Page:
Omega 6: good or bad for health? Part 1

Omega 6 in vegetable oils stands accused of causing ill health by increasing the risk for cancer, macular degeneration, Parkinson’s disease, inflammation and heart disease. Sounds bad, but is any of it true?

What is omega 6?

All fats – animal or vegetable – are made up of building blocks called fatty acids which generally fall into three main groups called saturated, monounsaturated and polyunsaturated. There are two classes of polyunsaturated fatty acids – omega 6 and omega 3. The omega 3 in vegetable oils is called α-linolenic acid and the omega 6 is linoleic acid. The concern about omega 6 relates to linoleic acid which is the most common polyunsaturated fatty acid in the diet.

Do omega 6 fats cause cancer?

In the early 1980s it was thought that fat intake may affect the risk for cancer of the breast and bowel. This hypothesis was based on very basic evidence i.e. different cancer incidence in countries with differing fat intakes, but worth investigating nevertheless.

Several prospective cohort studies were commenced around this time. Data from seven of these studies were pooled in the definitive breast cancer study by Hunter and colleagues. Breast cancer risk was not associated with intake of total fat, animal fat, vegetable fat or polyunsaturated fat. Another pooled analysis of cohort studies published five years later confirmed that polyunsaturated fat was not associated with breast cancer. So omega 6 was off the hook.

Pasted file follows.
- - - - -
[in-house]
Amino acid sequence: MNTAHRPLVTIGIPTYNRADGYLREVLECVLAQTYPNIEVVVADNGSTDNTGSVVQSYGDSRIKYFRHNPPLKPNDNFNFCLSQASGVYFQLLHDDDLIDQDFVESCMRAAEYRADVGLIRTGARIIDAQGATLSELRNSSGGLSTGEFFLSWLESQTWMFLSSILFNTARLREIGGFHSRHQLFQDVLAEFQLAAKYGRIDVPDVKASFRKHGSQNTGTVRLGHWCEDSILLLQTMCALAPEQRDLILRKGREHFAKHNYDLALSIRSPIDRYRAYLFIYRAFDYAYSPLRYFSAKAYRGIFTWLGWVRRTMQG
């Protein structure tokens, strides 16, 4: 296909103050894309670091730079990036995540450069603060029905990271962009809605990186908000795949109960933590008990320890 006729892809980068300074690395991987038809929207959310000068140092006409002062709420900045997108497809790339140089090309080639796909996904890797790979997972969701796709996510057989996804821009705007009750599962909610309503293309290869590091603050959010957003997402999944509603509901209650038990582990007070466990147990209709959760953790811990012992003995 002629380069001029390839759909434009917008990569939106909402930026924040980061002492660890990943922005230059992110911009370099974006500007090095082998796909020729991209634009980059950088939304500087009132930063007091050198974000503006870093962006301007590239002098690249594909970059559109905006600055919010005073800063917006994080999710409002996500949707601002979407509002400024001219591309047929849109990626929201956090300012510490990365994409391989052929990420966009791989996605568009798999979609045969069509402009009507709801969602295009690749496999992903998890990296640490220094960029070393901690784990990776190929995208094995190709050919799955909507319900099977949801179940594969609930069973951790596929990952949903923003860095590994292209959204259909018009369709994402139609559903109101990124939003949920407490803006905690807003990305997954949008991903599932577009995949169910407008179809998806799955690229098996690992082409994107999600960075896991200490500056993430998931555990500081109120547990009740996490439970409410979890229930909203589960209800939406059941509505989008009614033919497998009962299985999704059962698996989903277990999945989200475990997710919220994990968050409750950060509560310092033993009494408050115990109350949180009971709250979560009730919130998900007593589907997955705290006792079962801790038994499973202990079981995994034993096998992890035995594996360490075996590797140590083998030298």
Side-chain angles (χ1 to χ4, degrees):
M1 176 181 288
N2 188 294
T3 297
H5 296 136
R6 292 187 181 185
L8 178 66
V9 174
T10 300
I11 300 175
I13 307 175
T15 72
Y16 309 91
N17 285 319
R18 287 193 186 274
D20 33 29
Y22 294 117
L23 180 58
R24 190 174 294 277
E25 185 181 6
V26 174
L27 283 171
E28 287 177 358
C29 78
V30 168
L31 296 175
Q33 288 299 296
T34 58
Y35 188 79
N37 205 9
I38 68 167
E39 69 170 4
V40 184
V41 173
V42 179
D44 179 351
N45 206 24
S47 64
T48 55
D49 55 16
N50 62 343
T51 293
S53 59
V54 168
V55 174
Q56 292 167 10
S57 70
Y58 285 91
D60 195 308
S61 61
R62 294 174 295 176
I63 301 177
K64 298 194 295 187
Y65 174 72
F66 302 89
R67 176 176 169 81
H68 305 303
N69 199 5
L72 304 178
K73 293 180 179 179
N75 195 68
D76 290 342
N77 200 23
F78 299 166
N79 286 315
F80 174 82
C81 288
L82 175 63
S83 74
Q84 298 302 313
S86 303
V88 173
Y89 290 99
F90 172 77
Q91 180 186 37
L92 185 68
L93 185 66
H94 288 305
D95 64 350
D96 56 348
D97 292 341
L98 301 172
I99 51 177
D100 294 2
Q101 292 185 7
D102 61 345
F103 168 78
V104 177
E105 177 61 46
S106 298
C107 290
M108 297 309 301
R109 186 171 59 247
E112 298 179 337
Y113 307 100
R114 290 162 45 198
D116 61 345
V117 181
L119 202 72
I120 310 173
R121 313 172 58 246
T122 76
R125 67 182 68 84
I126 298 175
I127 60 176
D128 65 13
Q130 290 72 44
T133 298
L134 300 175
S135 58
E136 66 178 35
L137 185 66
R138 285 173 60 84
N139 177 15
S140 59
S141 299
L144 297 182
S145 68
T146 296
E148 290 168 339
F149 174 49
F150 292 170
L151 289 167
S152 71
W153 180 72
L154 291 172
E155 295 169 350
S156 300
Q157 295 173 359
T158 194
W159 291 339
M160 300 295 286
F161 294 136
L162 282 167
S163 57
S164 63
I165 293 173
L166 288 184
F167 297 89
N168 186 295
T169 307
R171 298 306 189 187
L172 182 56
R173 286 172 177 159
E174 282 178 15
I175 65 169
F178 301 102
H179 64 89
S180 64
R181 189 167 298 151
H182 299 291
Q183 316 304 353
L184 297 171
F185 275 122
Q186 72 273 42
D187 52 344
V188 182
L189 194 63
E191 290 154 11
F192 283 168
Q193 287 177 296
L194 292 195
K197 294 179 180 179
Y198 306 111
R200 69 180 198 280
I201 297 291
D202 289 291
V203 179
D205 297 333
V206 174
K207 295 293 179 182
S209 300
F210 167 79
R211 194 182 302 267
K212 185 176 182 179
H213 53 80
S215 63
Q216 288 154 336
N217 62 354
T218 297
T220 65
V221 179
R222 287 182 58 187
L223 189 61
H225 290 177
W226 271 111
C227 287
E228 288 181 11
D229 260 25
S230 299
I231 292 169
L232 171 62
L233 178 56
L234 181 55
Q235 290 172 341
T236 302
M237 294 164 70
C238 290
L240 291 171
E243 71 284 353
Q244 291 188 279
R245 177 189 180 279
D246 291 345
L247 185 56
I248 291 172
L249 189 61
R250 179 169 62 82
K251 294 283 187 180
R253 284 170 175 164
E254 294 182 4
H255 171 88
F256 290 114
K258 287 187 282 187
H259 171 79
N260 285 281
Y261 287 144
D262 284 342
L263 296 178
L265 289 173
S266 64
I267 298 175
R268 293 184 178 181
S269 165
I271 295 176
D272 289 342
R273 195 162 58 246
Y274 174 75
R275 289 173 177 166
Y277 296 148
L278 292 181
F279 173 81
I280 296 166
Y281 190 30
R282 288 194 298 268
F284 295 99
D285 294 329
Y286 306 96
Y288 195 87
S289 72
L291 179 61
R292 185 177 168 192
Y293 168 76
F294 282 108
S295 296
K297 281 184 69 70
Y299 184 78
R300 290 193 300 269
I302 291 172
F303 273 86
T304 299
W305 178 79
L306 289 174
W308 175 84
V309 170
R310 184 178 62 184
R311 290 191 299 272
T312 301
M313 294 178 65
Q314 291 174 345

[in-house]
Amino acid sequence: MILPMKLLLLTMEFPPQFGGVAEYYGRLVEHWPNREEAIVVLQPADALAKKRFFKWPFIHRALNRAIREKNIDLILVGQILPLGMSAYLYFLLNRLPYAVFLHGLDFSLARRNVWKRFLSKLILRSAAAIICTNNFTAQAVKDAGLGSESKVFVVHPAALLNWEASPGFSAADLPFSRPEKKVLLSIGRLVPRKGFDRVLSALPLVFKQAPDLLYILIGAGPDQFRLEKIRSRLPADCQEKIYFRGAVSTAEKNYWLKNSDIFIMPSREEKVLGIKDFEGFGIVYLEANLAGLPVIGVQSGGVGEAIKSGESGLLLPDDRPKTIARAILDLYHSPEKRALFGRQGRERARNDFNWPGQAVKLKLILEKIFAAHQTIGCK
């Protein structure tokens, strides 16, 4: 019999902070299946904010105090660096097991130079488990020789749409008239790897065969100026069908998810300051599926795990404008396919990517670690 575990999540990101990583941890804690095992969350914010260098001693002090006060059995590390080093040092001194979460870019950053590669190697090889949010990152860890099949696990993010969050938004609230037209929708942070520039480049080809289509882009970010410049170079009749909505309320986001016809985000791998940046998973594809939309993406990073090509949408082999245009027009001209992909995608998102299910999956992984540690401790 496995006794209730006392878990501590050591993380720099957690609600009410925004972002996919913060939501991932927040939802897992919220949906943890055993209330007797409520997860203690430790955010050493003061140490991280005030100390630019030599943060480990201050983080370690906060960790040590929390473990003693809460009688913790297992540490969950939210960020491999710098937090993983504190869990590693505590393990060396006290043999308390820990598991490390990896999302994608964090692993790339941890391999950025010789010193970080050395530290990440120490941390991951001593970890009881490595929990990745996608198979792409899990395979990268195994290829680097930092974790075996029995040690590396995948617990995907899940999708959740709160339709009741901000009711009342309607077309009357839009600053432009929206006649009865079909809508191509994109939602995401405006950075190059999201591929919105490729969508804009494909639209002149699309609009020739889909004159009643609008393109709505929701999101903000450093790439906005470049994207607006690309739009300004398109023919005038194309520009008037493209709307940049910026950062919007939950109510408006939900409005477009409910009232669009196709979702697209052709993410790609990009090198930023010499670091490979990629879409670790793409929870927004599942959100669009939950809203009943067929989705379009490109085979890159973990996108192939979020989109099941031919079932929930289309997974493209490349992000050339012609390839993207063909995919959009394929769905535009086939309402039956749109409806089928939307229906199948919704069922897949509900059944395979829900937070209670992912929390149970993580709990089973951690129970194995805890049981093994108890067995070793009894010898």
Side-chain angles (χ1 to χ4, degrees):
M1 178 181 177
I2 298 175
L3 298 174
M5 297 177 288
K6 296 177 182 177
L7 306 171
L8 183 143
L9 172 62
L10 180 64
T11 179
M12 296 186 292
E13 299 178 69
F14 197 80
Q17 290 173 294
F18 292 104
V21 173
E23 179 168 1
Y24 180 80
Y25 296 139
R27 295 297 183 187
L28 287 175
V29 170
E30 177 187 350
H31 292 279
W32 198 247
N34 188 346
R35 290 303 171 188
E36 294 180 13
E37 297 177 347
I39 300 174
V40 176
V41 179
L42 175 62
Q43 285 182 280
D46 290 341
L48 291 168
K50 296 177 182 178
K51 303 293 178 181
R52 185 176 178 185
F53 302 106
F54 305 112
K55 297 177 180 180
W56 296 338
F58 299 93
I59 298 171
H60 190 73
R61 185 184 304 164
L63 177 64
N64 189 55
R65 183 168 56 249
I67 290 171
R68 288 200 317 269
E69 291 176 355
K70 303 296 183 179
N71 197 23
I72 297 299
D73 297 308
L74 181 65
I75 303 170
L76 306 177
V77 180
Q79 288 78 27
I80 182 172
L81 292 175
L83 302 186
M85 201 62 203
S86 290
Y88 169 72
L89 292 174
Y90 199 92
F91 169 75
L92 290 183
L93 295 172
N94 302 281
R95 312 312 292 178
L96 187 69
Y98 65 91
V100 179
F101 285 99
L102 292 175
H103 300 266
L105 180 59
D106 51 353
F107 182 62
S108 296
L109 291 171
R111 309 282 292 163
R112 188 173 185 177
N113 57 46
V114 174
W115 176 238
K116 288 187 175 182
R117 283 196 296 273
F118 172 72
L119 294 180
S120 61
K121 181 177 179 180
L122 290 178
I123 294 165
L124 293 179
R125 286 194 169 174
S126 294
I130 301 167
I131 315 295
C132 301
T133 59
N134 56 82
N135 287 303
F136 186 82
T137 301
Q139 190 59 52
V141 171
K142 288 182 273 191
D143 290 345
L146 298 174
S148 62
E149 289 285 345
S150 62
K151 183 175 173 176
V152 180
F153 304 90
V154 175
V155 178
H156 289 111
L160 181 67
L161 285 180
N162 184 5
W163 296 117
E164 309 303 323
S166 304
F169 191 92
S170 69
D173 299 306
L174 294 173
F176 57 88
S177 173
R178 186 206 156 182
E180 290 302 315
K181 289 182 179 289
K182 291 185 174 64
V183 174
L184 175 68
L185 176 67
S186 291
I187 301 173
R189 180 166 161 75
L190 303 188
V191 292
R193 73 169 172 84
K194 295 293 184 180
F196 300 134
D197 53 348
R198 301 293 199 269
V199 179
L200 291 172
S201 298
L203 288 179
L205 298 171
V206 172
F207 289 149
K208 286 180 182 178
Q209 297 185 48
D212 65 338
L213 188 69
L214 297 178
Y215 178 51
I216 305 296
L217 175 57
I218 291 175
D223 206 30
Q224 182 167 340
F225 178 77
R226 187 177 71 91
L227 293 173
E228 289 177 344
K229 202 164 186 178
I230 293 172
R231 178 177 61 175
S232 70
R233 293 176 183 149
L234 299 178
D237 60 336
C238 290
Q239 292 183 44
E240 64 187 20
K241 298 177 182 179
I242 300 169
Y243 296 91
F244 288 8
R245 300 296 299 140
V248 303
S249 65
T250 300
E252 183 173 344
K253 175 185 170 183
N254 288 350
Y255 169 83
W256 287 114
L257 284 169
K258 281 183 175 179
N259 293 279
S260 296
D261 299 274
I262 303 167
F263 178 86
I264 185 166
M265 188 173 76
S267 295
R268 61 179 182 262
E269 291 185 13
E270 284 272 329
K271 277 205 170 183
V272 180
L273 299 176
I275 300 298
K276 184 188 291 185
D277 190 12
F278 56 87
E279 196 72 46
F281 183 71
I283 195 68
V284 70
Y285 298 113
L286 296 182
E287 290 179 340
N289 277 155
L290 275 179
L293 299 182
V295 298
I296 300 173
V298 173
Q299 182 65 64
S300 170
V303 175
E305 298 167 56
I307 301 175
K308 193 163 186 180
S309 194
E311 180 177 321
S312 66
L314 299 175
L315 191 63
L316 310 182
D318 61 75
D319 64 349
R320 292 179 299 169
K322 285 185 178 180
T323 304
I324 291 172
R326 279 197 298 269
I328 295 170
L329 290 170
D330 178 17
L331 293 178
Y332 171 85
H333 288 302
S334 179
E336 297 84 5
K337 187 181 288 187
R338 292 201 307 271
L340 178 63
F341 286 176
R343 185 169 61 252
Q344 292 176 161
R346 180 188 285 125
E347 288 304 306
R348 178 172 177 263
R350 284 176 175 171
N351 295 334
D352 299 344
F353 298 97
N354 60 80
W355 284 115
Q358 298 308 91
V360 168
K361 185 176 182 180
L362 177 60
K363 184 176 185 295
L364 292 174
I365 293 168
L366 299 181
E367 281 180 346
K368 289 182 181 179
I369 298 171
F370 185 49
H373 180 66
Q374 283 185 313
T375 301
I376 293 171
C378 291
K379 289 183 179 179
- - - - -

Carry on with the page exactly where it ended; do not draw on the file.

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Fruits and vegetables don’t prevent cancer

Evidence that fruits and vegetables prevent cancer has fallen away over the last decade but our national nutrition authorities continue to perpetuate the myth. Why don’t they just review the science and give us the facts?

In 1981 the eminent epidemiologists Richard Doll and Richard Peto wrote a famous paper in which they argued that many cases of cancer were due to environmental factors and were therefore potentially preventable. It was suggested that poor diet was second only to smoking as a cause of cancer and could account for 35% of cases. Based on the evidence available at the time, Doll and Peto suggested that increased intakes of fruits and vegetables may prevent cancer. A generation of nutritionists and dietitians embraced the idea with a passion and started communicating the good news.

Better evidence now available

The early evidence suggesting protective effects of fruits and vegetables against cancer came primarily from case-control studies, with all their well-documented bias. Over the last two decades much better evidence in relation to fruits, vegetables and cancer has become available as large prospective studies and in some cases pooled analyses of these studies have been conducted. Most of the results are negative.

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